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We All Lost Something When Words Became Too Powerful

The Changes And Power Surrounding Words

By Jason Ray Morton Published 2 years ago 6 min read

Words aren’t supposed to hurt. The smallest, youngest of us, play with blocks printed with letters. We encourage them to make words, learn to speak, and express themselves. Somewhere along the way, words took on a new meaning in society. We lost when we started letting words hurt as much as sticks and stones or fists and guns.

People Used To Be Tough Enough To Hear Words

Once upon a time, people were tough enough to hear words without flying off the handle. Words were mere sounds uttered by a person. No, not all of them were intelligently spoken words. People used hateful words when they were angry. We’re all human and at some point, we’ve said something to someone that was unnecessarily hurtful.

Erroring as a people, we sometimes forget our manners. That’s when we speak to people inappropriately. Most of the time, it’s due to the loss of our composure, intense emotions, or anger. I’d bet that in those instances if you look back now, you felt ashamed or regretful over your actions.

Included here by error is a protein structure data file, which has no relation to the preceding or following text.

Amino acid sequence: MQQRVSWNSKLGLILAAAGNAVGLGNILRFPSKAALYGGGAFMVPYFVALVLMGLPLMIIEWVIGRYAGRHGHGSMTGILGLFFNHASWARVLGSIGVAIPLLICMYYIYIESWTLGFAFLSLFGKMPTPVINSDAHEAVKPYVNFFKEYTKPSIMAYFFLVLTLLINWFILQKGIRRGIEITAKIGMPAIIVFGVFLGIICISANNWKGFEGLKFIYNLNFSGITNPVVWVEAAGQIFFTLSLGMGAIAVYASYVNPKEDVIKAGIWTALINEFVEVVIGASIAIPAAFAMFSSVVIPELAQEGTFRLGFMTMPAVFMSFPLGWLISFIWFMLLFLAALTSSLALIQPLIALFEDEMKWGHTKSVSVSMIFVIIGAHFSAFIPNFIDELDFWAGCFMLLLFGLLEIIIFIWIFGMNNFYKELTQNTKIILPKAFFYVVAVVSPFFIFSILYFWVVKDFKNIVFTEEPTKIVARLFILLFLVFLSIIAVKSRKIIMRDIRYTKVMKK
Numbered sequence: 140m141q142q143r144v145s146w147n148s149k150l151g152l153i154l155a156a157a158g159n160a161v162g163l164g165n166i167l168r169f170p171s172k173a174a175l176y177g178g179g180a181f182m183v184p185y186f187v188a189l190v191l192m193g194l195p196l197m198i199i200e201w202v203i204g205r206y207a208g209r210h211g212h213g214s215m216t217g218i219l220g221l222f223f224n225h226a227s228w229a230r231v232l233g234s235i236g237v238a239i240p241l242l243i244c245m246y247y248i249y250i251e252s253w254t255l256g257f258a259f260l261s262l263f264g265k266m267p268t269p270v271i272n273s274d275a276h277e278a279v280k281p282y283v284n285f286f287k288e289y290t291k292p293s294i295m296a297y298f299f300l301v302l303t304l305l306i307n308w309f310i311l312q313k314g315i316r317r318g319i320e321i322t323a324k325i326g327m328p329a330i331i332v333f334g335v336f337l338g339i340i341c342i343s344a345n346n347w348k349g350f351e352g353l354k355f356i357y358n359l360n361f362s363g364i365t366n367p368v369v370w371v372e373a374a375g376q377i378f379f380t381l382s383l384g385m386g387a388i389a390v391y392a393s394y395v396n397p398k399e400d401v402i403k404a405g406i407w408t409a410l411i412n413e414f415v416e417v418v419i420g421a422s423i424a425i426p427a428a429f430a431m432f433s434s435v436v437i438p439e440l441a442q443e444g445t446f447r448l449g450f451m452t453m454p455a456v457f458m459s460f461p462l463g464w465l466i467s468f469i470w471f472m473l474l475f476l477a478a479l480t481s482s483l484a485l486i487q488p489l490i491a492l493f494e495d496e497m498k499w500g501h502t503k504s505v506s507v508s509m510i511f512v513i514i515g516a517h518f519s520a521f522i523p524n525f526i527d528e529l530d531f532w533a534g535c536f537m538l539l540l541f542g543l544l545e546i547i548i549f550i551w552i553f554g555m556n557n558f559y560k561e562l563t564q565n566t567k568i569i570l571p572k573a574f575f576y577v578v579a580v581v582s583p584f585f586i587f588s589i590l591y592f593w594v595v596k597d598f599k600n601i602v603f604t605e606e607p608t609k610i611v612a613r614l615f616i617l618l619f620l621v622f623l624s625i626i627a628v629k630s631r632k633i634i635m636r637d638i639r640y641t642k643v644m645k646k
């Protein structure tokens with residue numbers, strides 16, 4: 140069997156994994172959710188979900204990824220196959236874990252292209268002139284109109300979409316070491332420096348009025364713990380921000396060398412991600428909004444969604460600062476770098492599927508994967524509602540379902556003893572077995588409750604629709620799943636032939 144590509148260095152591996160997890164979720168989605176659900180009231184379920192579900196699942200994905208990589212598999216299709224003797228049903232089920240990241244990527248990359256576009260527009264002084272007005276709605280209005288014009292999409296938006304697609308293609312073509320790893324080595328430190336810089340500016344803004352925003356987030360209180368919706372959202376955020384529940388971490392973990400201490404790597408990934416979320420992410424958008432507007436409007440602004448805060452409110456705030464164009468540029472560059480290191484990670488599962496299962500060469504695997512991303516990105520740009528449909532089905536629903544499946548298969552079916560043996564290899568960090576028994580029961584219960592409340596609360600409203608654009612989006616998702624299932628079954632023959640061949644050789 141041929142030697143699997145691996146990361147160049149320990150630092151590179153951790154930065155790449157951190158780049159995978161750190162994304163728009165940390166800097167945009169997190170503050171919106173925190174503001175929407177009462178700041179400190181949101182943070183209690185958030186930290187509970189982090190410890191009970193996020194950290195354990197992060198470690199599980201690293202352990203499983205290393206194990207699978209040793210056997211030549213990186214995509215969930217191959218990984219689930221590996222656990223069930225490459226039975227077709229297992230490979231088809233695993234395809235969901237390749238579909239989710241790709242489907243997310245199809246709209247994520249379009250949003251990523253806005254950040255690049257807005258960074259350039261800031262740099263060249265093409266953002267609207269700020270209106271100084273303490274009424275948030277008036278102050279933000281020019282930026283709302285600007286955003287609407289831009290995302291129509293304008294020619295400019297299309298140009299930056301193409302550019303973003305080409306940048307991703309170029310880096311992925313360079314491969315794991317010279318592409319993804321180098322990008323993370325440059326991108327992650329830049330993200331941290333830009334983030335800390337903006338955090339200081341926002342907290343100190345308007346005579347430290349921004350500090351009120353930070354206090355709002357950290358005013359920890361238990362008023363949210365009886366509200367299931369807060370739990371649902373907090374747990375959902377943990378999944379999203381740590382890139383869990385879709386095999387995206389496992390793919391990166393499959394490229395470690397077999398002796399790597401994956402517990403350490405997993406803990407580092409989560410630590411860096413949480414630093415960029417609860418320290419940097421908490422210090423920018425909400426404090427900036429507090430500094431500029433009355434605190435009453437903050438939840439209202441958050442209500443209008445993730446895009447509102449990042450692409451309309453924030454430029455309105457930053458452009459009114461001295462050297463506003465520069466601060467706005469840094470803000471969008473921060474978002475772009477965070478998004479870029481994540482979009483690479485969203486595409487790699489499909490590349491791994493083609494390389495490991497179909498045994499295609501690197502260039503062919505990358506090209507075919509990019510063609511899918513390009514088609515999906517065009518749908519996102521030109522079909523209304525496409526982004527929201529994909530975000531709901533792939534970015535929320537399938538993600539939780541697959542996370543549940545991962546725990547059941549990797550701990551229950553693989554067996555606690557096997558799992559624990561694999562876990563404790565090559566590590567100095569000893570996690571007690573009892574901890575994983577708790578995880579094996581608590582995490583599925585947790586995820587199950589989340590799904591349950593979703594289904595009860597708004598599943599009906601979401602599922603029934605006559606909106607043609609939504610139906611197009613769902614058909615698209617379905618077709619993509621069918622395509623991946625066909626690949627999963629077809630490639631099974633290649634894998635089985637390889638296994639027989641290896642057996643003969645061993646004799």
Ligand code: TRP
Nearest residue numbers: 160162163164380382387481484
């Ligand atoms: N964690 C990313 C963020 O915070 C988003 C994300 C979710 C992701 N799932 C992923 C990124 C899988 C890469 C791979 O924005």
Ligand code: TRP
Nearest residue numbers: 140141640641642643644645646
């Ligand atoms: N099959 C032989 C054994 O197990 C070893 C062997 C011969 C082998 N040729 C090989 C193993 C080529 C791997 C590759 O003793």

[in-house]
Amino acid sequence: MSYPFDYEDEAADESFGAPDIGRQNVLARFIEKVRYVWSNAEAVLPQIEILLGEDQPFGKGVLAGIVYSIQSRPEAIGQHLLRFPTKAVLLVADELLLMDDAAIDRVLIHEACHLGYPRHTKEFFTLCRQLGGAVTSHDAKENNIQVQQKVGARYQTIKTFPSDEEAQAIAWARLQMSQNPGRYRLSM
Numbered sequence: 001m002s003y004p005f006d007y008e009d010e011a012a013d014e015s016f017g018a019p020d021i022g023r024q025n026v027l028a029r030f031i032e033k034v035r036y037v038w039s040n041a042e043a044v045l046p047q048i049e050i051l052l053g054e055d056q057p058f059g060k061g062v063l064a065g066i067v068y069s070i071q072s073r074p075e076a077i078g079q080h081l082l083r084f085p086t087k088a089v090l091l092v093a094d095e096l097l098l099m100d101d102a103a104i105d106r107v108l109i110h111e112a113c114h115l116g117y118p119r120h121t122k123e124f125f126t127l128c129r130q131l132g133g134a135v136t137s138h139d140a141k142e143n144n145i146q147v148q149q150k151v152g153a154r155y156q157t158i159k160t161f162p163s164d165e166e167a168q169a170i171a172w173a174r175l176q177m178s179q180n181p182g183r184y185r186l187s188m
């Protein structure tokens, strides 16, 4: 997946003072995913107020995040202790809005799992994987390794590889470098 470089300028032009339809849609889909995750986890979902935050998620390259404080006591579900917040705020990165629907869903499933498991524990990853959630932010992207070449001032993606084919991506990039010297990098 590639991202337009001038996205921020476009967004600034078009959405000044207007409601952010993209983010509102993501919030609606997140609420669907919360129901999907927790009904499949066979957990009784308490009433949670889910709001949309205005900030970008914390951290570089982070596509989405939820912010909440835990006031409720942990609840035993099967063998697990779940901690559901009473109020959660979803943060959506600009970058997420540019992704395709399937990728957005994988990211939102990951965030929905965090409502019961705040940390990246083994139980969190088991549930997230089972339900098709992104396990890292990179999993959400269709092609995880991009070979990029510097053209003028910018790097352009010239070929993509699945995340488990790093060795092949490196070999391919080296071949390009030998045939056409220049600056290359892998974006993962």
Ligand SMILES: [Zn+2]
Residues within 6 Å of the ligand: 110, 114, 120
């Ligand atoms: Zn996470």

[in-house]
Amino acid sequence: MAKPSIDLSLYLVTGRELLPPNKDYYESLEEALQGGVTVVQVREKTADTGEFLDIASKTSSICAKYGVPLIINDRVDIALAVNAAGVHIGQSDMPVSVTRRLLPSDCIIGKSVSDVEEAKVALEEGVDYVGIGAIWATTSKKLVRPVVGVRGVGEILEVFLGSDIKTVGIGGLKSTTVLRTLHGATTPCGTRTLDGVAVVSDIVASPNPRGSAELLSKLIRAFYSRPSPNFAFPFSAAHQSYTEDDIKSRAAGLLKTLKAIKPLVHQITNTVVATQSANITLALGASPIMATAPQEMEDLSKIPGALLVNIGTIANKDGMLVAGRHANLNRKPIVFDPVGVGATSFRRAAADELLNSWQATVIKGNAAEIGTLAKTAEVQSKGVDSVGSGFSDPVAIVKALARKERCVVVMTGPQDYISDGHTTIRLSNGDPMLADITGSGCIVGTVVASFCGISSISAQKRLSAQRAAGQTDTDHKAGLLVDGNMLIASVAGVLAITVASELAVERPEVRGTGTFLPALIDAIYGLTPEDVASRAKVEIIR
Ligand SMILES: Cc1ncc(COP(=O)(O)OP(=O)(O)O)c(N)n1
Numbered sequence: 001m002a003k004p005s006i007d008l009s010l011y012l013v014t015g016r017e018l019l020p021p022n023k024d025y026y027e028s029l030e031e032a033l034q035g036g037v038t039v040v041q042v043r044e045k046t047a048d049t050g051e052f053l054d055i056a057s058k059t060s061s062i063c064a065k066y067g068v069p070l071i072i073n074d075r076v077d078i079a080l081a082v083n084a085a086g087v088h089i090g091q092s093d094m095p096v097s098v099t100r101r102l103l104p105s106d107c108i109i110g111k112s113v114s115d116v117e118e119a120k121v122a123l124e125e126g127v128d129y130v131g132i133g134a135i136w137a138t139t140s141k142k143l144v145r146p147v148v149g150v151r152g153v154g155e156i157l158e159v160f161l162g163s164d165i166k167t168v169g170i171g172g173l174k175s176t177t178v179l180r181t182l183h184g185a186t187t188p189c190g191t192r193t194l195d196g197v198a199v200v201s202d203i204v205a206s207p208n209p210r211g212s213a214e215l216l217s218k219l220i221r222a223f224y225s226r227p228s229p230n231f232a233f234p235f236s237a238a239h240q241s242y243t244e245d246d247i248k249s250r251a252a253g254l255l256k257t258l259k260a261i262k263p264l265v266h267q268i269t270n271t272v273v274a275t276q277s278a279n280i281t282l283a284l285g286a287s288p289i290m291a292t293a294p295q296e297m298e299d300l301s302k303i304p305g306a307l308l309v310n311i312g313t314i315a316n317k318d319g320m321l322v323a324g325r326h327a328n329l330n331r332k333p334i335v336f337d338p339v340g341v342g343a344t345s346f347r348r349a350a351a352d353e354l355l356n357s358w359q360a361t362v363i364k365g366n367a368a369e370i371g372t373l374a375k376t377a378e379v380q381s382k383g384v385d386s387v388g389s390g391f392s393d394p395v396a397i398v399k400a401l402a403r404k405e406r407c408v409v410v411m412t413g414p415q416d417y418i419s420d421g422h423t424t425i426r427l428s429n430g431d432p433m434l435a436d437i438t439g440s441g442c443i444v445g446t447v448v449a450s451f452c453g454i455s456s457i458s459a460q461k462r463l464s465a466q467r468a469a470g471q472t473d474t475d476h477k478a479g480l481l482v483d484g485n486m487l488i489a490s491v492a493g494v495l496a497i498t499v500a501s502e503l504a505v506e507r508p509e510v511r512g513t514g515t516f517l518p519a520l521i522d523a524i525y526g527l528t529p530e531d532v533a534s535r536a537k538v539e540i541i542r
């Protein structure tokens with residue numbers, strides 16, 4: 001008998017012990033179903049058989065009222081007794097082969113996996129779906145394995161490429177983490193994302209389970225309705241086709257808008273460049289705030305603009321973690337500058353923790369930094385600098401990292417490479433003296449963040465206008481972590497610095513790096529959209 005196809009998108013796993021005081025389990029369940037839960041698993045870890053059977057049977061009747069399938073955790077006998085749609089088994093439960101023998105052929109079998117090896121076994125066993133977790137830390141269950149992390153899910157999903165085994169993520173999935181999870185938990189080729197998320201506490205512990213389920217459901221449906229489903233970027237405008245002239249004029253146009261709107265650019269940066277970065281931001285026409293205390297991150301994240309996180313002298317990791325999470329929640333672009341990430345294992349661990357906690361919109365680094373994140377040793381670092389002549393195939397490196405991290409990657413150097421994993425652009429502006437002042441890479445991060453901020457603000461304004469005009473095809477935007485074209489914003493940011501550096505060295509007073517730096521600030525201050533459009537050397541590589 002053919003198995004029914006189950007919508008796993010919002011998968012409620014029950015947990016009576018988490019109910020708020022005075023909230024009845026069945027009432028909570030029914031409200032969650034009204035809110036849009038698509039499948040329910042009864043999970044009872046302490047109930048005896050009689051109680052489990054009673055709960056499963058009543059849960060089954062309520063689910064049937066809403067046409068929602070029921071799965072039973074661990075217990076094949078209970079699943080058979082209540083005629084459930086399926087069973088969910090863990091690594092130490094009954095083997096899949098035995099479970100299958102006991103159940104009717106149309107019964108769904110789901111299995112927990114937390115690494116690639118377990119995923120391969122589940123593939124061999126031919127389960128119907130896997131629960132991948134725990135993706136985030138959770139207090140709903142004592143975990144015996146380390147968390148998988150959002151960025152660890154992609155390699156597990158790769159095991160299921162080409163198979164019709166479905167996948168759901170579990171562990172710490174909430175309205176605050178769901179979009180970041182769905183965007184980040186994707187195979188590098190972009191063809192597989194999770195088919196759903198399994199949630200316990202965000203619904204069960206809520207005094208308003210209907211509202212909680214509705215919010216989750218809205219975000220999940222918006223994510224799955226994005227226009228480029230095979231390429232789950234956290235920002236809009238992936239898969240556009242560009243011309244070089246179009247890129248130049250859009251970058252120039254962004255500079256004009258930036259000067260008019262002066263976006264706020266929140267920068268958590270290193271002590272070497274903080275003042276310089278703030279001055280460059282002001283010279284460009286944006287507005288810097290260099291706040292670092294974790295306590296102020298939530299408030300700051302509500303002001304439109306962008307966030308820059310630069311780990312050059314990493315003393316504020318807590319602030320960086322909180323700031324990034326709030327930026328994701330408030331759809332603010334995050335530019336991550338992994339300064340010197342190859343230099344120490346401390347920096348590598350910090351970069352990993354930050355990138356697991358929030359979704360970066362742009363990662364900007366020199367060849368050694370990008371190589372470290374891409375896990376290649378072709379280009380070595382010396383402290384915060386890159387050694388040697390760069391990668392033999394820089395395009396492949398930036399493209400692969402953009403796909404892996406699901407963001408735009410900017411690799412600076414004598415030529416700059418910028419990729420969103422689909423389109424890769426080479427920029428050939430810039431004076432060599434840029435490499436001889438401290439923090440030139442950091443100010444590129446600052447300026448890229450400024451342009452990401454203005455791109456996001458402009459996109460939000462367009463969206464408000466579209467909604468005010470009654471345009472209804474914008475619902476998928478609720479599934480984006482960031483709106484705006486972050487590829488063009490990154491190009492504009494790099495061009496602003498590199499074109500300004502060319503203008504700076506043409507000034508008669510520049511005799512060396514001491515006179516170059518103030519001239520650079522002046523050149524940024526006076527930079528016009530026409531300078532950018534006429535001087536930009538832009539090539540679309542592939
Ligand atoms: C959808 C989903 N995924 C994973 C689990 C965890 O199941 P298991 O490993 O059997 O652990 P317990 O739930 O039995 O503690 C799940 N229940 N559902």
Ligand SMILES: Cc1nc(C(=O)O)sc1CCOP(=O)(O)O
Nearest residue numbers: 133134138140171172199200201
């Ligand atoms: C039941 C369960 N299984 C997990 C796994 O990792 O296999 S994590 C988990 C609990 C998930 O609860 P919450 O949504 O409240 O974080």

At a certain point in time, words began to take on a new level of importance. How we chose our words began to matter more depending on the circumstances at hand and the people involved. Your words became less about you and more about the ones around you. People lost a degree of toughness as times changed. No longer were words just sounds uttered in the distance and carried through the air.

Now words began to hurt people. Words began to push people’s fractured psyches into a dangerous place.

Photo by Gantas Vaičiulėnas on Unsplash

The Punching Power of Words

Words have been working out, getting stronger, and perfecting their aim. Or is more believable that people are feeling the effect of words more than just thirty or forty years ago? At my age, words have become more effectively used as weapons because people are different than they were 40 years ago.

Some words have always been with us. Things like name-calling, razzing, hazing, and teasing have turned into what people refer to as “bullying” by today's standards. So, the standard has changed. Bullying 40 years ago was a physical action or at the very least, a threat of physical actions.

But as we have evolved to where we are today, bullying now includes verbally abusive languages.

The differences in who we are as a species over just 40 years have given words an immense amount of power.